Sunday, 25 February 2018

London CAS Conference 24th Feb

So yesterday was the 3rd CAS London Conference.
I attended a number of sessions and ran one. I am going to just review some of the sessions I attended and give my thoughts

It started with a talk from John Nixon, Ofsted National Lead for Computing.

His presentation definitely had a number of things that was food for thought, it's worth pointing out here so that everything he said could be applied to any subject within schools.

From a computing point of view though he mentioned that although Ofsted don't have a preference for the type of technology that are being used in school the key things are looking for is the impact and implementation of that technology. So they will be asking Leadership questions about how well does it work and if it doesn't what are you doing about it.

He made it very clear that even though Computer Science was a large component of the new curriculum we should not be losing sight of other aspects of ICT.

Saturday, 27 January 2018

Bett Day 2...

So yesterday was another long day, i'm finally I'm home after an excellent Teachmeet and Teachmeet Social. So these are some of the things that caught my eye yesterday.

Once again micro:bit featured heavily in what I noticed around the show. I went back to some of the stands to look again at the adaptor boards. I noticed a real shift, that products that where, last year, using Arduino and Raspberry Pi has now added a micro:bit adaptor.

I noticed more micro:bit models by a couple of companies today. These were great little wooden models that had been laser cut. You build them add the motors and micro:bit and away you go. I liked a kit that made a teabag dipper. There where also a couple of nice games.

Lots of companies seem to be getting in the idea of the micro:bit as a driver behind a number a little projects. I think if nothing else these tiny products that are fairly inexpensive to buy. Schools could be buying a couple of these and then using them as inspiration for kids and making their own out of cardboard. It is the fact that there's lots more ideas suddenly out there, more accessible to the normal class teacher. Check out

Continuing again on the maker theme, I was impressed by a lot of the STEM and creative sections on a number of the largest stands. In particular Microsoft had a really really nice section on hacking STEM, which currently is all based on Arduino but the projects themselves are fully adaptable and you could probably easily get them working with microbo:bit. There are loads of resources and lessons plans to make projects. They did suggest that micro:bit guides where going to be coming soon, anyway.

Linking that back to some of the stuff yesterday with birdbrain technologies and all the great stuff in the micro:bit stand it just provides more materials that teachers and children could use to try and link computing and design.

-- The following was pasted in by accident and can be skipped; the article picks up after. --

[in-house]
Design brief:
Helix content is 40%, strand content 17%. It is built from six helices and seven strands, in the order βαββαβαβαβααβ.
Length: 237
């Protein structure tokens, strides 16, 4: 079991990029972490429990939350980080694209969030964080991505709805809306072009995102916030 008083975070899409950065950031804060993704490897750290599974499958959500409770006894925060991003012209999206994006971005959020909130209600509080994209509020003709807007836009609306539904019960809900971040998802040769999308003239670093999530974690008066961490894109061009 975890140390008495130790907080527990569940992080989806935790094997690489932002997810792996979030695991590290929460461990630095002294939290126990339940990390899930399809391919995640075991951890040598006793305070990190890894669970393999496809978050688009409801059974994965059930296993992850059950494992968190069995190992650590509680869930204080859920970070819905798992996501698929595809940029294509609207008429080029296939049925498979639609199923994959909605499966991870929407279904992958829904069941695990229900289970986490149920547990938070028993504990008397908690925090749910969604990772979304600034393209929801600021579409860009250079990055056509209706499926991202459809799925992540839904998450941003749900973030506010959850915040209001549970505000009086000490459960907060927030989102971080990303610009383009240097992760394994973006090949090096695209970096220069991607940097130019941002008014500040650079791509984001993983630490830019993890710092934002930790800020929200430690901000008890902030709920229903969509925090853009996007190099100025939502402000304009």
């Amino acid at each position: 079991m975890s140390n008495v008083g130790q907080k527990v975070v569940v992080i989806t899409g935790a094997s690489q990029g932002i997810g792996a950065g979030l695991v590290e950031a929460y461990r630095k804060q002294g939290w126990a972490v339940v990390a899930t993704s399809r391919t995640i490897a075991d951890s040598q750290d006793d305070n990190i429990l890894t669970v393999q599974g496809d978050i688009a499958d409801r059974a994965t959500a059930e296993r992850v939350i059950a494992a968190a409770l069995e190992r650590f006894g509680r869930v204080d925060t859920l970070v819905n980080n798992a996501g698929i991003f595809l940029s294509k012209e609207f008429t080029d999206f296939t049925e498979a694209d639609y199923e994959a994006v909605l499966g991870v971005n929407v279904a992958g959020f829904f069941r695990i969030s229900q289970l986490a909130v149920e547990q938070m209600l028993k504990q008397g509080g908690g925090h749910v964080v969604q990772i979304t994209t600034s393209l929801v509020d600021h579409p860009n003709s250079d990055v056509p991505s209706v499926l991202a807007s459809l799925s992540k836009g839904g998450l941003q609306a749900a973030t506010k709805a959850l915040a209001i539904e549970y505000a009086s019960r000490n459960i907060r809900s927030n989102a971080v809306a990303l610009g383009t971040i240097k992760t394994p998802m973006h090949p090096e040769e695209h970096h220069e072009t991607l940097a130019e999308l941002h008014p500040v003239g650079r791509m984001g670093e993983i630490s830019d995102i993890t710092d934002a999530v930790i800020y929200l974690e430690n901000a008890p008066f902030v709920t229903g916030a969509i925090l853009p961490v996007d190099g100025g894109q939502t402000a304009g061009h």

I loved the dragon... :o) 

I talked a bit about the VR yesterday and today managed to pop on to the Lenovo stand and have a go their headset which is an amazing piece of kit. Sadly probably too expensive for schools to access at £500 but if you get a chance, do have a look at it because it's that next level of VR beyond the ClassVR headsets.

I popped back to the Google stand to have a look at Science Journal, an app on chromebooks, android and apple devices. I saw this yesterday very briefly but didn't have time to have it run through for me. This is an app that basically turns your iPad or iPhone or Android device into a data logger. It simply allows you to use all the sensors that are in the device. So if you strap iPad onto a car and roll it down a ramp you will get acceleration data from the accelerometer. Which you then get as a graph that you can export to sheets to further analyse. Unfortunately it currently doesn't support Google Classroom but he said that he's coming soon.

I had a very quick look at Coding with Chrome which is a Blockly application. It has some ner functions that allow you to plug into the Google Photos API so it can do image recognition. So in an image the webcam takes it can recognise what the picture is about. If you have never tried it go you your own google photos and type in dog or park or screen and it will have analyses all your photos bring you photos it thinks contain them. It like it automatically add tags to your photos. Now the code probably is far too complicated for Primary children but it is a really nice example you could show too children and perhaps get them to think about how it works. It is a great example of AI. I'll definitely use it with my children once it launches in a few weeks.

Yesterday I mentioned a small robot, which I didn't name, it is called True True. I went back today and had a closer look at it and it's a really, really interesting little robot. It is similar to an Ozobot to be fair but it one looks cuter and I was just impressed by build and manufacture. What I like is that for KS1 it can be programmed via feeding it cards, but what I discovered today is that it can programmed using scratch, which opens it up to KS2. It also have the ability to plug in extra sensors. So it's a cute but truly could be a robot that you can use in every key stage, so I think it's worth keeping an eye on. It currently isn't available to buy in the UK and has no distributors but it's something definitely to come back to.


In the same area I saw another app programming game that had a really interesting extra component I've never seen before. The basic app game was one where you choose the icons and a little character moves long a level and you solve the puzzle. Very standard game are there are lots of games out there like it. It also though has a physical board with blocks that you moved around to program the characters on screen, so had nice physical/tactile elements. But the thing that really struck me as really interesting was there was a cardboard board that allowed you to plan out your ideas before using the app. I've never seen an add on to an app game quite like. Every level has a piece of cardboard which shows the whole level and all the platforms and elements on the level. You had a character pieces and small cards of the actions. So the children can plan, discuss and test, by moving the character piece on the board and 'running' the actions. Once they are happy the can put the program into the app and see it it responds how they predicted. But if there is an issue you can go back to the physical board to help debug there program. I genuinely never seen anything like it. It is called Cubico.